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As of June 25, 2018, we’ve made some changes to the way our mortgage approvals work. You can read more about our Power Buyer ProcessTM.

Buying a home is relatively straightforward. You find a home, you make an offer to the seller, the seller accepts your offer, and the agreement is signed at closing. In this process, typically before you make an offer, you’ll get a preapproval letter from a mortgage lender approving you for a mortgage loan in order to buy the home. After closing, you agree to pay the lender monthly payments until your mortgage loan is paid off.

Most often, you’ll need a fairly good credit score and a down payment in order to qualify for a mortgage. So what do you do if you don’t have good credit or are struggling with a lot of debt?

An option to consider is a rent-to-own purchase. But before you jump feet first into a contract, it’s essential to know and understand the risks of renting to own.

What Is Rent-to-Own?

When you rent to own, you, as the buyer, enter into an agreement with the owner of a home to pay a monthly rent for a predetermined amount of time, much like any other rental agreement. However, in this case, a portion of your monthly payments will go toward reducing the sales price of the house. After that time is up – usually from one to five years – you’ll have an option to purchase the home.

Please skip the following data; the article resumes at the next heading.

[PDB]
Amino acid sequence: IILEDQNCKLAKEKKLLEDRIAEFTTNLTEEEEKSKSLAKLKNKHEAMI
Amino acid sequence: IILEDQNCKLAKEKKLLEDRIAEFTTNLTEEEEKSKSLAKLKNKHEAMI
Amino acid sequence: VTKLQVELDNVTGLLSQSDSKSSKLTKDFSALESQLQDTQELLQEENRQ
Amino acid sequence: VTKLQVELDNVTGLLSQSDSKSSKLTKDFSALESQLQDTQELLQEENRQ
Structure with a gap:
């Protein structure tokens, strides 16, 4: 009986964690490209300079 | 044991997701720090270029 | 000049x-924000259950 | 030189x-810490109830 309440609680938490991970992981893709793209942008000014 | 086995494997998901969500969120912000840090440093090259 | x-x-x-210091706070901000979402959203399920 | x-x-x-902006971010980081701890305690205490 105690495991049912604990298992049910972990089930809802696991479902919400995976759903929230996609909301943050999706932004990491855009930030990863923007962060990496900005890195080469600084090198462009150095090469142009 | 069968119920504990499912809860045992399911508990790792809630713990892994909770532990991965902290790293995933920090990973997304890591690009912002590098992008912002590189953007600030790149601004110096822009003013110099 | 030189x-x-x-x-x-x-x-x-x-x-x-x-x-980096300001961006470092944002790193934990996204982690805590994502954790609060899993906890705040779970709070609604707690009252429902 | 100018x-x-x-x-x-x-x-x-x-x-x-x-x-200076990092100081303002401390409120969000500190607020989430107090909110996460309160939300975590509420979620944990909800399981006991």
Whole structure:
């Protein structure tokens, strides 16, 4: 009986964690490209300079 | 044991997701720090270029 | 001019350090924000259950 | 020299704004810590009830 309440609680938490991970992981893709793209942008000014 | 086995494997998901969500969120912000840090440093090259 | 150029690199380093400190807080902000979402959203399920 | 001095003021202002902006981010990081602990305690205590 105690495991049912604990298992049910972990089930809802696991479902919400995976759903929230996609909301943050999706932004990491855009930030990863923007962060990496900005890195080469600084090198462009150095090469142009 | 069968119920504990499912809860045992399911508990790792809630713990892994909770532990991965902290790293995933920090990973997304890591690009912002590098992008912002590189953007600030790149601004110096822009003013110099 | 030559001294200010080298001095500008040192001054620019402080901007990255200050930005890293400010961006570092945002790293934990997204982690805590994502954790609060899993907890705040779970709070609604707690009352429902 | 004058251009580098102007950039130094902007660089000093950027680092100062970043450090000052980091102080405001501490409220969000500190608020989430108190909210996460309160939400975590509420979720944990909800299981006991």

How Rent-to-Own Works

The rent-to-own process is a bit complex. It’s not as simple as paying rent and then buying a home. First, you and the homeowner sign a contract stating how much the final sales price of the home will be after the rental period ends.

The contract will also indicate how long you’ll rent the home before you have to decide whether to buy it and how much you’ll pay in rent each month. The contract should state, too, how much of your monthly rental payment will go toward reducing the final sales price of the home. It should also list what happens to any extra rent money you pay each month. In most rent-to-own agreements, that extra money is also nonrefundable.

After signing the contract, you’ll pay the homeowner an option premium. This premium gives you the right to buy the home after the rental period ends. Option premiums can vary, but they usually total around 5% of the home’s agreed-upon final sales price. It’s a bit like putting a down payment on a home.

The option premium is nonrefundable but can be applied to the home’s final purchase price. This may help when you decide to buy the home, because you won’t have to come up with as much cash at closing.

An important thing to consider that many buyers forget to include in their contracts is home maintenance responsibilities. Your agreement should state who is responsible for routine maintenance and extensive repairs. Local laws may complicate things, because in some areas, landlords are required to perform certain duties regardless of what your agreement states.

Benefits of Rent-to-Own

A rent-to-own agreement gives people who would otherwise struggle to qualify for a mortgage loan the chance to hold onto a home while they rebuild their credit, boost their income or take other steps to make themselves more attractive to mortgage lenders. The hope is that after the rental period ends, they’ll be able to qualify for the mortgage loan they’ll need to buy the home.

If you’re struggling with bad credit or are waiting for negative factors on your credit report to fade, a rent-to-own agreement may give you the time to work on rebuilding your scores. That way, once it’s finally time to buy the house, you’ll be in a better position to qualify for a mortgage.